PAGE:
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January 20, 2009 2:00 am
From Prof Sungjoon Cho.
Sir, Zbigniew Brzezinski’s insightful policy prescription on US-China relations (“The Group of Two that could change the world”, January 14) was well timed, in tune with Hillary Clinton’s Senate confirmation hearing as secretary of state the same day. His suggestion was also reminiscent of that of a former secretary of state, James Baker, which appeared in the FT almost a decade ago (“China: engage, not contain”, April 7 1999). Mr Baker observed that “the best way to find an enemy is to look for one”. Any future US foreign policy should be based on a firm perception that China is a collaborator, not an opponent.
Unfortunately, however, as the Obama administration is about to take office, some worrying signs have come out of Congress. For example, Representative Sander Levin, who chairs the subcommittee on trade within the House ways and means committee, has called for belligerent stances over China’s alleged currency manipulation, including an option to sue China at the World Trade Organisation. While bashing China is not new and may be politically alluring at a time of economic hardship, “domestic political football” (as coined by Mr Baker) should not spiral out of control into the international field.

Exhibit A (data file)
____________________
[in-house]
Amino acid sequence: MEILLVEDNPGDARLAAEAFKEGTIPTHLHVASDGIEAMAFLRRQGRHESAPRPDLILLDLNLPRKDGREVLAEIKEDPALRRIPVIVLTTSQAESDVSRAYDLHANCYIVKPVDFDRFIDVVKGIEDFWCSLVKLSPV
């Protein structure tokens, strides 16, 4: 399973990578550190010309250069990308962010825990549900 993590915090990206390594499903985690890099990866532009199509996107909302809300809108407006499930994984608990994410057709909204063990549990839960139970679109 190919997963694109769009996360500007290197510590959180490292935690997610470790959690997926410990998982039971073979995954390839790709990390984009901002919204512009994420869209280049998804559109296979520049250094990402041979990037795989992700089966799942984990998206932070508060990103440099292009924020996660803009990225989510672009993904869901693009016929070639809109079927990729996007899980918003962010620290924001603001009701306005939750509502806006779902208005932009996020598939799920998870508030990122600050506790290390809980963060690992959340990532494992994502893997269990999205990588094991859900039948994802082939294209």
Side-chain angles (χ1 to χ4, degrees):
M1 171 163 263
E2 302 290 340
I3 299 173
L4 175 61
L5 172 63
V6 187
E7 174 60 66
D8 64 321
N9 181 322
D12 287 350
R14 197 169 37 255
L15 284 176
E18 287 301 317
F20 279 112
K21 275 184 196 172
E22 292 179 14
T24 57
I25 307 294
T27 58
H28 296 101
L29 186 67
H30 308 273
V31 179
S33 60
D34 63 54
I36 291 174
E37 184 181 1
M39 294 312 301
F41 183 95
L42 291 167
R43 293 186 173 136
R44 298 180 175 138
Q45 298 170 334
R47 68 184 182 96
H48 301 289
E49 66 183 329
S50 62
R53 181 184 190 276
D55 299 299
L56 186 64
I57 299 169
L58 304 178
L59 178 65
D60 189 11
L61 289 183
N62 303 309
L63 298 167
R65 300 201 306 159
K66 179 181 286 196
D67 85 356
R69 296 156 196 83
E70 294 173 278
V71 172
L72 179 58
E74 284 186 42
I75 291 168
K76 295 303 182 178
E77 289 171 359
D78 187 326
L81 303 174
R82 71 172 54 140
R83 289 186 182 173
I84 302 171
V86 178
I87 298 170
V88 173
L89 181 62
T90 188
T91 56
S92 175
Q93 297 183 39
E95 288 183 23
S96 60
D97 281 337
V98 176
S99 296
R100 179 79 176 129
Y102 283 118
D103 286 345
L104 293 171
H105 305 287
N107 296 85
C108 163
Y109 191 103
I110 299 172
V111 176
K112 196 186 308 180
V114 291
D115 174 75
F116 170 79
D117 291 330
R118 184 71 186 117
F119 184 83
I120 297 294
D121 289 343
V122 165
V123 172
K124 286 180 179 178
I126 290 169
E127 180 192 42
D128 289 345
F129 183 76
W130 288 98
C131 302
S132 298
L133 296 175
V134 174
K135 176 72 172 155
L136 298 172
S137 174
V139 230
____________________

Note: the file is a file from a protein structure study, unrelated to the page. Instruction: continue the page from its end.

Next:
Not only is the claim that the depreciated renminbi is a main reason for the US trade deficit dubious, but simply bringing this combustible issue to the WTO is likely to exacerbate the dispute. In such circumstances, it would be difficult for US-China relations to be harmonious. Let us remember that the US remains the world’s largest exporter of manufactured goods and that nearly half of US imports are parts and components for final products, many of which are imported from China.
One of the rare positive legacies of the Bush administration is the “US-China strategic economic dialogue”, which has been quite successful in defusing many potential trade disputes. Mrs Clinton should seek to continue this good practice. The US can still exercise its “soft power” and thus induce China to adopt a more responsible policy direction. In this way the US and China can work together to revive the spirit of multilateralism, reaching out to global challenges such as climate change. At the end of his comment, Mr Brzezinski warns against the “clash of civilisations”. Yet genuine civilisations do not clash; instead they fertilise each other.
Associate Professor of Law,
Chicago-Kent College of Law,
Illinois Institute of Technology,
Chicago, IL, US
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